Ruby Chocolate, The First Official Chocolate Type in 80 Years

For the last 80 years it has been agreed upon that there are three classes of chocolate: dark, milk, and white. The Barry Callebaut Group, a foremost authority on the subject of chocolate in Zurich, announced that a fourth official category was added to the three current types, ruby. This new chocolate is made from a ruby cocoa bean, which is distinctive for both its color and taste.

Under the current classifications, dark chocolate has to be at least 70 percent cocoa, milk chocolate is dark with dairy added, and white chocolate is a mixture of milk solids and at least 20 percent cocoa butter.

Barry Callebaut is sourcing specific beans from the Ivory Coast, Ecuador, and Brazil; during processing, it extracts a powder that’s used to color the end product. The result is a fruitier kind of chocolate with a pink hue that Millennials can’t seem to get enough of.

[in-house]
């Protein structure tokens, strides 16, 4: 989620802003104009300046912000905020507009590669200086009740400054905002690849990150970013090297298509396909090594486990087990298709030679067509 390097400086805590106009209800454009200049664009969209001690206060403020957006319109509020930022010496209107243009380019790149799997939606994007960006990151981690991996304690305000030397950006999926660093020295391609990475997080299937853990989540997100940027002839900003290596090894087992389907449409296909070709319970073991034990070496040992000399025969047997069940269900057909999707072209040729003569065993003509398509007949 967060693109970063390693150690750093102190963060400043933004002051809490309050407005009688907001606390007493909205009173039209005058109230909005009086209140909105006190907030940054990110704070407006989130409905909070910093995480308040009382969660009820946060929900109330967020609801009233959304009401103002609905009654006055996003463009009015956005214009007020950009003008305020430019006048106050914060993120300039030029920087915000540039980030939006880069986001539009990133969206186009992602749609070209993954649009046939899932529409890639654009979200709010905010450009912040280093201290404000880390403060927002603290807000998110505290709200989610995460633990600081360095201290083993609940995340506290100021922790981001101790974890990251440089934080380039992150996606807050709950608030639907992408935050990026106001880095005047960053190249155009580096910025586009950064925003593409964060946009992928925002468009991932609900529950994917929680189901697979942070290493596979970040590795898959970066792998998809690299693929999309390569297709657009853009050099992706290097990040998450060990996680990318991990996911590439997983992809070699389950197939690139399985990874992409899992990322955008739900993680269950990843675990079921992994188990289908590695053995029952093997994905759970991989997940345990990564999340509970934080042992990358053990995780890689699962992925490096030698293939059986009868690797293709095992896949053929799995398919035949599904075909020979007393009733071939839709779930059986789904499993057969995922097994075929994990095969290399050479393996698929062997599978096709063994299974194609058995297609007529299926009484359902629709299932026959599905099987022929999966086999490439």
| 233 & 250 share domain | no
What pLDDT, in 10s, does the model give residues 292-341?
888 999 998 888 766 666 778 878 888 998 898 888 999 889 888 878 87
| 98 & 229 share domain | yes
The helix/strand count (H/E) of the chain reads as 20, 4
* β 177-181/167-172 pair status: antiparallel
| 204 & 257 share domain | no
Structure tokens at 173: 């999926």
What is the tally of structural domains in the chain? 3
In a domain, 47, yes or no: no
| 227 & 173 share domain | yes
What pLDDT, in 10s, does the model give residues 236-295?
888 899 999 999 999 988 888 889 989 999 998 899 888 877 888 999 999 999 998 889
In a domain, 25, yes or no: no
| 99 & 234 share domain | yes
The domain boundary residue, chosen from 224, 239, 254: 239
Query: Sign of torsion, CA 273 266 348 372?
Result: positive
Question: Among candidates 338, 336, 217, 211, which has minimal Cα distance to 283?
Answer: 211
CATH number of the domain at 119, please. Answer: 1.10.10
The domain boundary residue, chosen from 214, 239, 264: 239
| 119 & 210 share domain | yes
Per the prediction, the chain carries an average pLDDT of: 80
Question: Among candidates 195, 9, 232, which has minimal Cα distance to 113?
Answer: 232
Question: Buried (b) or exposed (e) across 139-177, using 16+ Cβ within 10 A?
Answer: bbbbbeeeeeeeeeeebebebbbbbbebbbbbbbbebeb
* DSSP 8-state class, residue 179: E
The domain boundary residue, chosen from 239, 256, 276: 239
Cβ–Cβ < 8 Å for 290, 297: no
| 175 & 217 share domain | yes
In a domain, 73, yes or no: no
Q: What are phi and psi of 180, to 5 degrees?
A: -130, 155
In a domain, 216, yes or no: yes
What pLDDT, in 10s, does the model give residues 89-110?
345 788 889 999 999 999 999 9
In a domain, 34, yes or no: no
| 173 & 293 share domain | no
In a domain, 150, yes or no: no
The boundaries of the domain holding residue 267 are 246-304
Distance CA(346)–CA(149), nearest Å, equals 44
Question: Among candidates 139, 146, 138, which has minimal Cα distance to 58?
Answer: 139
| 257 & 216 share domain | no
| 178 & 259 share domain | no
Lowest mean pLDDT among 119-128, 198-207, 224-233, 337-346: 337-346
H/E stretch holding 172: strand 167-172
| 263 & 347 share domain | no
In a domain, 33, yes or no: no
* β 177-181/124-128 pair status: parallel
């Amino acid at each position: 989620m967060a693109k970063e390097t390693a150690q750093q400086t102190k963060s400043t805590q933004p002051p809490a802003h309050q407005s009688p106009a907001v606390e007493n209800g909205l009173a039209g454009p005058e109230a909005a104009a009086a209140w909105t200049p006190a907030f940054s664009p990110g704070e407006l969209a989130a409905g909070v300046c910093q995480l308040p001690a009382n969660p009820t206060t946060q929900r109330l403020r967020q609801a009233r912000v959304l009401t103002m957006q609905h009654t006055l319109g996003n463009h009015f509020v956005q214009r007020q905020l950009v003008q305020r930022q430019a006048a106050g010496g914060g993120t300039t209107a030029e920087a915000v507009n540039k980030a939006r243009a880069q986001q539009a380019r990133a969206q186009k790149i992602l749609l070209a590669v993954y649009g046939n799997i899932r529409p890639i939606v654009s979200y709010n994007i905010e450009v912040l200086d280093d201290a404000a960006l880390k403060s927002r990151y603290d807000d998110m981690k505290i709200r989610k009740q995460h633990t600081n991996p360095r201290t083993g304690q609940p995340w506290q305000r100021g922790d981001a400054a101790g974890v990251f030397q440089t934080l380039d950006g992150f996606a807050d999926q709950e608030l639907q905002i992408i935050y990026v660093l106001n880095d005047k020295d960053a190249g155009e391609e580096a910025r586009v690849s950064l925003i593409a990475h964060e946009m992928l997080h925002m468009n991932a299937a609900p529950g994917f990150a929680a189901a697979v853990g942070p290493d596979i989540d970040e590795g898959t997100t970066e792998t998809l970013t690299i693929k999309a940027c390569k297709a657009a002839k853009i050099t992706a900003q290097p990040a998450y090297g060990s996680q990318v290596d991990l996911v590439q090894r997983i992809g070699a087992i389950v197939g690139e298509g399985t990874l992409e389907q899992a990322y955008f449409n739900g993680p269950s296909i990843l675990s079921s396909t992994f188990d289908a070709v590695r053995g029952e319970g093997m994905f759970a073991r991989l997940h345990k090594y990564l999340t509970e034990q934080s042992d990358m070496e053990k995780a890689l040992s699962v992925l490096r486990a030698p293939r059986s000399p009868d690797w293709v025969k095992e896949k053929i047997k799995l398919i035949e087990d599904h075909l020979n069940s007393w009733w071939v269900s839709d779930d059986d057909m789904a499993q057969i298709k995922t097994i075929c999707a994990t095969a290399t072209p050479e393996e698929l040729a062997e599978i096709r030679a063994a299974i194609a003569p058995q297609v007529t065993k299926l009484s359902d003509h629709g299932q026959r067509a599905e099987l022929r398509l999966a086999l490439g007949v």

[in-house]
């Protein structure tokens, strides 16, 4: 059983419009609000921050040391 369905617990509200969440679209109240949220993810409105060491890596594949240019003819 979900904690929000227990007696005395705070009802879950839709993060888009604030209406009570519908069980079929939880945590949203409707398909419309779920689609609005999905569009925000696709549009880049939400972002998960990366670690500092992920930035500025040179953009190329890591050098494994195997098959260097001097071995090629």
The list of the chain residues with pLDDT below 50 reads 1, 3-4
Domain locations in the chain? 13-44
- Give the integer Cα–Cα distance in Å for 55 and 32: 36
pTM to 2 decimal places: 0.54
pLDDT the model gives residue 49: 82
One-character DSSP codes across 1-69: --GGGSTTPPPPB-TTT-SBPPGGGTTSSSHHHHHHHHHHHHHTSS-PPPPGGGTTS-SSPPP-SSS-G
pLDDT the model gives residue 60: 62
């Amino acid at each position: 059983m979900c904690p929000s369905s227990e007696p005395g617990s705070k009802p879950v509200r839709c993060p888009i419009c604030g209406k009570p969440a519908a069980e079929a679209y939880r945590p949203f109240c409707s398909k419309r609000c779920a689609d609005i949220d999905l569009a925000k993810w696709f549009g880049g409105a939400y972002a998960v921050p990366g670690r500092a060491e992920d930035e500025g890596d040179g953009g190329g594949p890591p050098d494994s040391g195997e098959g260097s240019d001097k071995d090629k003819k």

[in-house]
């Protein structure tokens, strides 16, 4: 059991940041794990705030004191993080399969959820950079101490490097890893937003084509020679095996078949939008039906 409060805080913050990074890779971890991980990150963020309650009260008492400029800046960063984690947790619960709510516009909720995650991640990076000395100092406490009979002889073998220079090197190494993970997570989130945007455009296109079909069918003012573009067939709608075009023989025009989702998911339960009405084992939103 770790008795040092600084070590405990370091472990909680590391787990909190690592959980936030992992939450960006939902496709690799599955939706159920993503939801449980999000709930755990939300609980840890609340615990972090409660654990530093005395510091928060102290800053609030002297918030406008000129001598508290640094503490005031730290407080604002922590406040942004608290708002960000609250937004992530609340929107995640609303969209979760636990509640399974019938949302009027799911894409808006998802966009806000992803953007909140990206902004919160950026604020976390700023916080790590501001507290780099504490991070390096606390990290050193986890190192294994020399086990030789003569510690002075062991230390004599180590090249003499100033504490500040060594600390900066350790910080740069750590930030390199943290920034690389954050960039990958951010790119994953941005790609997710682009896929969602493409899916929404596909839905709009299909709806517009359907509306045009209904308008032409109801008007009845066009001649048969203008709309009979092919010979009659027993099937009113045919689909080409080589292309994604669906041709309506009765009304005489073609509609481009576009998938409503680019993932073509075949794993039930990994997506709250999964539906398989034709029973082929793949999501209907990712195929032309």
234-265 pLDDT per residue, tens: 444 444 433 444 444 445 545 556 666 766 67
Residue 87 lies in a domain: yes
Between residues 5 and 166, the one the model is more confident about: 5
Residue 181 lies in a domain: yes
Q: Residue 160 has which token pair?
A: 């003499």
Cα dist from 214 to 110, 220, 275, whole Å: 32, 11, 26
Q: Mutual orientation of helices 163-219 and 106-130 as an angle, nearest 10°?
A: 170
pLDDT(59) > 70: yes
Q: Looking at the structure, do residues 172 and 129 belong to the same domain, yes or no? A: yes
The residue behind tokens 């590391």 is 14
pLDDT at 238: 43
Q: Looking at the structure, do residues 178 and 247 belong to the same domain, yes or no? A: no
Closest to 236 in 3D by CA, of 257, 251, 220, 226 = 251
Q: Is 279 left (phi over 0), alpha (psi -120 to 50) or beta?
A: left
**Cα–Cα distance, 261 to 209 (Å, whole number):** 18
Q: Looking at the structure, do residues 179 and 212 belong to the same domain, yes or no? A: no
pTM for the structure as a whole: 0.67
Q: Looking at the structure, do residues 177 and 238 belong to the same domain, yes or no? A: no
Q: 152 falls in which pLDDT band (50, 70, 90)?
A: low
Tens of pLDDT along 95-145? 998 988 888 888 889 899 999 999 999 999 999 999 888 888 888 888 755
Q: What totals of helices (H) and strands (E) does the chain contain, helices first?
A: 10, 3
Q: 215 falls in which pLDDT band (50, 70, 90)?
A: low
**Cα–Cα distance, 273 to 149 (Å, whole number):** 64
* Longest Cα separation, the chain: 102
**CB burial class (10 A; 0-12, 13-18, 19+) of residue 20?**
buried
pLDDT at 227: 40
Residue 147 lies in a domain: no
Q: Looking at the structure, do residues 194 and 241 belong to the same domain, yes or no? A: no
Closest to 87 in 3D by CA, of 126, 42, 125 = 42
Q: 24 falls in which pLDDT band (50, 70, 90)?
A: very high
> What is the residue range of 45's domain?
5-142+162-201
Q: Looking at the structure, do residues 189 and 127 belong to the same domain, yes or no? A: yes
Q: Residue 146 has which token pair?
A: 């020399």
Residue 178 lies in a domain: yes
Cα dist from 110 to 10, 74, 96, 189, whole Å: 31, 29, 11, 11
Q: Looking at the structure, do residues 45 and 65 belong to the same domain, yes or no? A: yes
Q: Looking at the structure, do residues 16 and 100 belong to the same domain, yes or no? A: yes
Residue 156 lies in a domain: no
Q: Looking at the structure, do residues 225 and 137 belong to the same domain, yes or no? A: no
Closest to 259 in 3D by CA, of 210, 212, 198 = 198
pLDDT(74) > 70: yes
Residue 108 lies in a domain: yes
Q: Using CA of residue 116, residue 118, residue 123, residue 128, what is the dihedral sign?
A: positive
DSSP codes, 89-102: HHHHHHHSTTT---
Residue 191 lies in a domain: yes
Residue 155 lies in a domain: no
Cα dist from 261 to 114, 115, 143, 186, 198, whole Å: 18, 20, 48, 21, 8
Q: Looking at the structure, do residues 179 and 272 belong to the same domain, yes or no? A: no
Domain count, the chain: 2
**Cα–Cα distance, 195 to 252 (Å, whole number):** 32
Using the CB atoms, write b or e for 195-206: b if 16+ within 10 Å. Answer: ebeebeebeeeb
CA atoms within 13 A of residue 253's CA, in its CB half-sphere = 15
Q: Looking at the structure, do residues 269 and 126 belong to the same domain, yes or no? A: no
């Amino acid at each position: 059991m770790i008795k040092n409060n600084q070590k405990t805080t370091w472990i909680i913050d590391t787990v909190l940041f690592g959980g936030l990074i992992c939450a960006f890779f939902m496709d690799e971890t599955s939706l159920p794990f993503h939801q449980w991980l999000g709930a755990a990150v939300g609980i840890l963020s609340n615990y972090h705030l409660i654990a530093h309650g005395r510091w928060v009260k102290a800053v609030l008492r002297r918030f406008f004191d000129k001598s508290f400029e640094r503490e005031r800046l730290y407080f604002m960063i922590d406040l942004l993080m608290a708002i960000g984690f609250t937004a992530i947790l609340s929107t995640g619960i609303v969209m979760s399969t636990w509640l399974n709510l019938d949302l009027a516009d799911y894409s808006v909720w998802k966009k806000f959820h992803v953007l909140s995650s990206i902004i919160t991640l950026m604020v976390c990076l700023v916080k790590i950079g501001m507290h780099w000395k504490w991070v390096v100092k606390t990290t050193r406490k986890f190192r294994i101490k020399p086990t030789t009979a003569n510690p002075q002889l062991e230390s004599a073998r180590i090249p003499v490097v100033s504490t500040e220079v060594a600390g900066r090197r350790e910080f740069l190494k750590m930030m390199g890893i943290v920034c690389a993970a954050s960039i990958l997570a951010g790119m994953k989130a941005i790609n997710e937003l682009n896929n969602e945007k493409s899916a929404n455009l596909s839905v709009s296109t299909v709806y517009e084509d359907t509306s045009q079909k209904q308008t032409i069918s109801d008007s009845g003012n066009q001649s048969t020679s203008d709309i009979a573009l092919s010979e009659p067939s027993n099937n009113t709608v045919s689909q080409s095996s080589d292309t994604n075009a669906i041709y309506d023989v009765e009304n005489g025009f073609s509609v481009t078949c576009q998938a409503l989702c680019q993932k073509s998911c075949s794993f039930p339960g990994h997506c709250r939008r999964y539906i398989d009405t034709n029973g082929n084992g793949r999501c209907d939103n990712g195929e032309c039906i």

“It’s natural, it’s colorful, it’s hedonistic, there’s an indulgence aspect to it, but it keeps the authenticity of chocolate,” Barry Callebaut’s CEO Antoine de Saint-Affrique explained. “It has a nice balance that speaks a lot to millennials.”

Ruby chocolate has an intense taste and characteristic reddish color. The Ruby bean is unique because the fresh berry-fruitiness and color precursors are naturally present. The fourth type in chocolate offers a totally new taste experience, which is not bitter, milky or sweet, but a tension between berry-fruitiness and luscious smoothness.

 

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